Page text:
Nina Pham, Texas nurse who treated first Ebola patient in US, received no experimental drugs; WHO expects vaccine surge in 2015 More

Video Islamic State Militants Encroach on Baghdad

Iraqi capital not under ‘imminent threat,’ US military says, amid worries about foothold More

Video Hong Kong Protesters Focus on Holding Volatile Mong Kok

Activists say holding Mong Kok is key to their movement's success, despite confrontations with angry residents and police More

This forum has been closed.
Comment Sorting
Comments
     
by: George from: Juba
April 22, 2014 6:36 AM
For my Opinion. The World really forgot to look very carefully inside South Sudan tribes. This new nation has the historical tribe conflict some 100 years ago,the Great Britain knew very well and they keep silence. This killing now in juba,joungli. Malakal.bantiu,and another's county. Let us talk the fact this two tribes mr N and mr D are people who going to distroy this nation. Out from 64 tribes only this two tribes becomes adiassater in the whole country If u as any one from this two community why fouth with Arab,iam sure no one will tell u the answer. What happen in Bantu is buness war u buy any people from everywhere to come fight at the of the day u pay them. This is what taking place in southsudan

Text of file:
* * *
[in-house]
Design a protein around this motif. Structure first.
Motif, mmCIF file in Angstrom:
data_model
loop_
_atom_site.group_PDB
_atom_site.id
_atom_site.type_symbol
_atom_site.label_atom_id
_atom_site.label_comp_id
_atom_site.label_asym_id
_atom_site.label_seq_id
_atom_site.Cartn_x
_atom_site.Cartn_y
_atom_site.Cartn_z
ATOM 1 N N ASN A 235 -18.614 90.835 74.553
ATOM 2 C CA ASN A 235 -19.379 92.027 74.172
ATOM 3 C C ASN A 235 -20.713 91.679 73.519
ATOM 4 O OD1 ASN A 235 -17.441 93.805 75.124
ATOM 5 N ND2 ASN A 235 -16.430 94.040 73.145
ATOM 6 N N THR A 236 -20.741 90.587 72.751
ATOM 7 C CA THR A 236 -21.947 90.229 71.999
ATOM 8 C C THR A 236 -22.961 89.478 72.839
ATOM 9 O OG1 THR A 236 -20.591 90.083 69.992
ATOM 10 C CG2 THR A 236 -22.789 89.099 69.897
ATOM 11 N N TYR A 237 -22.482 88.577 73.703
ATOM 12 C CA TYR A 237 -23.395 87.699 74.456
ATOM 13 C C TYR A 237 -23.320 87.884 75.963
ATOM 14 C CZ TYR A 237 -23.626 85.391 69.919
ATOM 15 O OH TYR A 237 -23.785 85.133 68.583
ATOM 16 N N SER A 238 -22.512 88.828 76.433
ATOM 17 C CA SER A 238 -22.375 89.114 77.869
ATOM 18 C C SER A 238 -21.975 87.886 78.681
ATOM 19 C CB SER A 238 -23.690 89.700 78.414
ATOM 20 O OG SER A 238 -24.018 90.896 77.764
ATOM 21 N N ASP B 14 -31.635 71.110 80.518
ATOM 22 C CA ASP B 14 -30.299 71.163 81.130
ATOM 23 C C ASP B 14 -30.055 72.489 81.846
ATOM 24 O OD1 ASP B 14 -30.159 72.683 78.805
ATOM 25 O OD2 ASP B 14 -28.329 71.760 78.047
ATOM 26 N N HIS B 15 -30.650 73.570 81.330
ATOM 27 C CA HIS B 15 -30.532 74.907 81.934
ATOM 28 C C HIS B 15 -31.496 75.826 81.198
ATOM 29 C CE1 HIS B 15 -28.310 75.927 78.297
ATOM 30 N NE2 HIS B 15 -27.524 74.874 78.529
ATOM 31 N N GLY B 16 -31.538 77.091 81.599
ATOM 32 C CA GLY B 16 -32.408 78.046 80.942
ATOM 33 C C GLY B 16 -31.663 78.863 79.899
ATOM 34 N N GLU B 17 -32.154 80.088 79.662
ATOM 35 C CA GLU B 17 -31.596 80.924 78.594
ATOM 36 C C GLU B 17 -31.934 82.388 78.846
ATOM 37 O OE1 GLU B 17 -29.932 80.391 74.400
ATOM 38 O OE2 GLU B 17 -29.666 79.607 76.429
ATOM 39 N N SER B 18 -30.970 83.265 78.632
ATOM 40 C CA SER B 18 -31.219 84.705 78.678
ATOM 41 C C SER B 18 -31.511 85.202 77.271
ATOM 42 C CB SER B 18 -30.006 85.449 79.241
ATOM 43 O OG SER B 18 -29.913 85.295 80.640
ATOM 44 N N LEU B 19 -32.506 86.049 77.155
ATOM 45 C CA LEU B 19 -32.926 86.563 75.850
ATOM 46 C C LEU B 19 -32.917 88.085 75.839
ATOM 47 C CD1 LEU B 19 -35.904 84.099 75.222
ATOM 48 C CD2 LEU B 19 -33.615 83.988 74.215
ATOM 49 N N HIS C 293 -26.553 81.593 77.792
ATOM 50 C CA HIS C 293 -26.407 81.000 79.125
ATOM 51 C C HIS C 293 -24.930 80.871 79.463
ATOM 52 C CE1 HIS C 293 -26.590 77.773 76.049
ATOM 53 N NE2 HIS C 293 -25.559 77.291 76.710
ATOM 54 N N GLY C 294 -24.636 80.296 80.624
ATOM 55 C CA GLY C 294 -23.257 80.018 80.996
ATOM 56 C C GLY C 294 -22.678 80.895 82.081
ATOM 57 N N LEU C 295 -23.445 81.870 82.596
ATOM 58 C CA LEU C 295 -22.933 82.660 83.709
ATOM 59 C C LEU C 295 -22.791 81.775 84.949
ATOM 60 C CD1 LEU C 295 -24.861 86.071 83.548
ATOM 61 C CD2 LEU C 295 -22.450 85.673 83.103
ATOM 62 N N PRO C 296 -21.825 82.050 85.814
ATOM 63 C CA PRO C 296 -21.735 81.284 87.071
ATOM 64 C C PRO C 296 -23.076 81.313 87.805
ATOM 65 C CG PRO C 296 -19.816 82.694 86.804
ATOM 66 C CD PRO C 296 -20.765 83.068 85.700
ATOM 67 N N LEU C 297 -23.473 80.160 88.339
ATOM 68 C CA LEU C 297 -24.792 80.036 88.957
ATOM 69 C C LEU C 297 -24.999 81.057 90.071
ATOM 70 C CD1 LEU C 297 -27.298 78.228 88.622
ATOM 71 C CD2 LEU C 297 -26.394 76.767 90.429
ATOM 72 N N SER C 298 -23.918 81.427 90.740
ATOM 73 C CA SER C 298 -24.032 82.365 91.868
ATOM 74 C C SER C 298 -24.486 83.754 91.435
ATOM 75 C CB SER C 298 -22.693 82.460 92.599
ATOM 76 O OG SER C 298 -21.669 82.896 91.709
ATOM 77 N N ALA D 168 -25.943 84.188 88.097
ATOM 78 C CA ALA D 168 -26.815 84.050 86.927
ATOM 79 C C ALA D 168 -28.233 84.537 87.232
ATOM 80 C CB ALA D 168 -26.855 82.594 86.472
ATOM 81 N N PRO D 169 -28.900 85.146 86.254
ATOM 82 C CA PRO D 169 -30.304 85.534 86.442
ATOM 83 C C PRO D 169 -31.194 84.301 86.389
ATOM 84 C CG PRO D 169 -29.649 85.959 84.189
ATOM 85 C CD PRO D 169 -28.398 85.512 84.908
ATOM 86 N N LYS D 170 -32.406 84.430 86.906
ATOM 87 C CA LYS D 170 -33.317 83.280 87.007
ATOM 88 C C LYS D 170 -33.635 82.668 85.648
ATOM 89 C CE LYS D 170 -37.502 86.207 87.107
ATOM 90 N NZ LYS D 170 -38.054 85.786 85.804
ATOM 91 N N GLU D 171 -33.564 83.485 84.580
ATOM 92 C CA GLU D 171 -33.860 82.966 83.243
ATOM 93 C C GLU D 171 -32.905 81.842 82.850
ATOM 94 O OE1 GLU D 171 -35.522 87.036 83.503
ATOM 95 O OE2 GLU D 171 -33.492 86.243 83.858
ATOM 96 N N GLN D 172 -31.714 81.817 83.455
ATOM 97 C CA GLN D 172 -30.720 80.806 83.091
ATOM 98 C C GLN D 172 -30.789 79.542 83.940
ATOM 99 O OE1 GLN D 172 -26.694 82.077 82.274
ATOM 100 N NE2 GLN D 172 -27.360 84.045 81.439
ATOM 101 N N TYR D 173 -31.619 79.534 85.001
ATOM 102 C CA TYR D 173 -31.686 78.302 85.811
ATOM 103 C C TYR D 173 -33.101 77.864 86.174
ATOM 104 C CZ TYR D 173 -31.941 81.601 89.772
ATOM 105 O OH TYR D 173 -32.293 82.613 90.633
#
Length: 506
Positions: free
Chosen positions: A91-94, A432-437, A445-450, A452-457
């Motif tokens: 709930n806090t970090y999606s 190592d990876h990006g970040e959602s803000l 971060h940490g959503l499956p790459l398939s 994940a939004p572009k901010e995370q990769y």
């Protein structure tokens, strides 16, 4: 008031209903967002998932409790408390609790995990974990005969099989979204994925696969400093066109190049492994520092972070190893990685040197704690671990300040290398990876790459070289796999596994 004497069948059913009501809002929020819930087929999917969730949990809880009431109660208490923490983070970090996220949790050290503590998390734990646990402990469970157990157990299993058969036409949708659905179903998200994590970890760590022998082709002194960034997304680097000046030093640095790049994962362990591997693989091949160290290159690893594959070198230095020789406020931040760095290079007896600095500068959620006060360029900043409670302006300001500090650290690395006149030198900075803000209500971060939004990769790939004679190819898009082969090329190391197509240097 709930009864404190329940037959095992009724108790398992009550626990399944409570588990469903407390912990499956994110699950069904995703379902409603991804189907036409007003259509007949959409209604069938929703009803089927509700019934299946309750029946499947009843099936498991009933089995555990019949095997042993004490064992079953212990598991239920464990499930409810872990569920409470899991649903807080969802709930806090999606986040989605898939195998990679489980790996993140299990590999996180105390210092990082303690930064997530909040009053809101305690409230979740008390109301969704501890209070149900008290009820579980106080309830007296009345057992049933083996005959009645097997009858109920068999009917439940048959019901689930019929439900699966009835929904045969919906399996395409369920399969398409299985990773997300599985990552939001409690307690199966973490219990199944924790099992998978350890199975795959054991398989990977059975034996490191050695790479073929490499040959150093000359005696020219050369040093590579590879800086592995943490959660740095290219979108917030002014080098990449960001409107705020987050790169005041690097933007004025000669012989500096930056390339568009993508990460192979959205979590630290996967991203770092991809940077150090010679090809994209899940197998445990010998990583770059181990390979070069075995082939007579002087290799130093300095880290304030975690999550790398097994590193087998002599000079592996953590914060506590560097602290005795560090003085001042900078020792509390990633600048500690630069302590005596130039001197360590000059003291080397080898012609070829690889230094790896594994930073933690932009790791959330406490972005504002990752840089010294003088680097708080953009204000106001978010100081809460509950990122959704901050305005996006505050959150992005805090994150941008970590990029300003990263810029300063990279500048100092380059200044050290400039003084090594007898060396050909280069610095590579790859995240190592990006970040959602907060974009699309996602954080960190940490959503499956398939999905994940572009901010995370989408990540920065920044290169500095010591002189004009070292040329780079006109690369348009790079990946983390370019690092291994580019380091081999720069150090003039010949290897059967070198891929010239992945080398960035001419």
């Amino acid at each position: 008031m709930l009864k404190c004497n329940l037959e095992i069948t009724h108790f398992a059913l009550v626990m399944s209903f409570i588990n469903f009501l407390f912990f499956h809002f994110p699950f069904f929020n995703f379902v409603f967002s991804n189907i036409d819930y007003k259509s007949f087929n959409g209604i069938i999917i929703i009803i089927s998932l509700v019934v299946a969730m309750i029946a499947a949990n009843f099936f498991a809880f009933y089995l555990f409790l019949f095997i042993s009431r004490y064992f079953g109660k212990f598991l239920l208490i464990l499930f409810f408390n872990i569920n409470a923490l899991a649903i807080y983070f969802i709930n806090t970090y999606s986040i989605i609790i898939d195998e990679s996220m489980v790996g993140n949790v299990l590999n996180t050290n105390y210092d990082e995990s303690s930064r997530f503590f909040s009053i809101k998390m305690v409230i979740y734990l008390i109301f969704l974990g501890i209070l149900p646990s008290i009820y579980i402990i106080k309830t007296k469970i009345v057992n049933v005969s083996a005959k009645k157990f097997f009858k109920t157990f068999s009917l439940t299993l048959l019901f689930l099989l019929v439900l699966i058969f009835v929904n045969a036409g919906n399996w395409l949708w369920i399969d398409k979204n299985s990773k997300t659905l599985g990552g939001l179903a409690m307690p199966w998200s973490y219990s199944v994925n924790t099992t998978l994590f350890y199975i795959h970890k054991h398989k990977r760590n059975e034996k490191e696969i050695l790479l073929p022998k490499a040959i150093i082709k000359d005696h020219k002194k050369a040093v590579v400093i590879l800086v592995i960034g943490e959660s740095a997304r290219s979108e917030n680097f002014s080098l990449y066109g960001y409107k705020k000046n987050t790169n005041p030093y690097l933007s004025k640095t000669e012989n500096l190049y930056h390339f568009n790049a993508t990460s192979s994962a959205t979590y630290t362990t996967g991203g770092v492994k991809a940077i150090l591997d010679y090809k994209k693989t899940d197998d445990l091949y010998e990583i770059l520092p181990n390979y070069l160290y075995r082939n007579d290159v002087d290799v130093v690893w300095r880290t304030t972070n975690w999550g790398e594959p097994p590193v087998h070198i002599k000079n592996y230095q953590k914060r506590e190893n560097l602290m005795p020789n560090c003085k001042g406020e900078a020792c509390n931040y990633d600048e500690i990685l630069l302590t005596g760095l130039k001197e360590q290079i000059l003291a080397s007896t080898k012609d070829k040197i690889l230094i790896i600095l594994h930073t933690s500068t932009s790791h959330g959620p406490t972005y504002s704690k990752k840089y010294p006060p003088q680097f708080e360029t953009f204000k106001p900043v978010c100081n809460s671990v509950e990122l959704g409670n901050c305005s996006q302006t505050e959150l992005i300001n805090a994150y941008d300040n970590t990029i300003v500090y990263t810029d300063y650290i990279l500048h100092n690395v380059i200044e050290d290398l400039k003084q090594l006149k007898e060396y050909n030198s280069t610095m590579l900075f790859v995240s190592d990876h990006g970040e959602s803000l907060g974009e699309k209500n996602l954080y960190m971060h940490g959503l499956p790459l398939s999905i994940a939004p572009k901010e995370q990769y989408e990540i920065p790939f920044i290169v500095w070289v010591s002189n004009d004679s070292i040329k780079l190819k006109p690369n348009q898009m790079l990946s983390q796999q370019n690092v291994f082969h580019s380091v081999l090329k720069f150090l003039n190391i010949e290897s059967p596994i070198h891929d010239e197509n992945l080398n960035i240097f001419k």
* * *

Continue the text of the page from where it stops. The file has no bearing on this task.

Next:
by: wenyin from: canada
April 21, 2014 7:52 PM
The United Nation will regret their failiour to stop this provication by few Nuer, this may take a wrong turn into an all out cleansing and the world should notice the vivid restrain by the people of South Sudan towords UNMISS until now. What a joke "800 strong," ? Stop fleecing Southern Sudanese victims and know that every actor on this conflict will be held accountable at the end. Does the U.N ( Arabs World) really know what they are doing ? There is a move, that can't be stopped by arms or anything and a plan to transition the government of South Sudan into a RED! The foundation has been laid already during the gurella struggle and the leaderships were trained in Cuba. The current war is but a tip of an iceberg ( The bigger intentions). Though Riek Machar's protest was logical and marred with attrocities, the leadership left him uninformed about the big price ( Turning the Nation into China like ruling Communist Party). Riek sensed that move but was unsure about the whole government's move ( Kiir is just a small boy to the shado leadership of South Sudan; that is why he began throwing accusations at Kiir's leadership. There is nothing wrong about adapting to any political model but don't leave others who may disgree uninformed. Some crazy stuff going on in Africa and the democratic nations are bussy in their amusements. There is still some things yet to be salvaged.

Featured Videos

Your JavaScript is turned off or you have an old version of Adobe's Flash Player. Get the latest Flash player.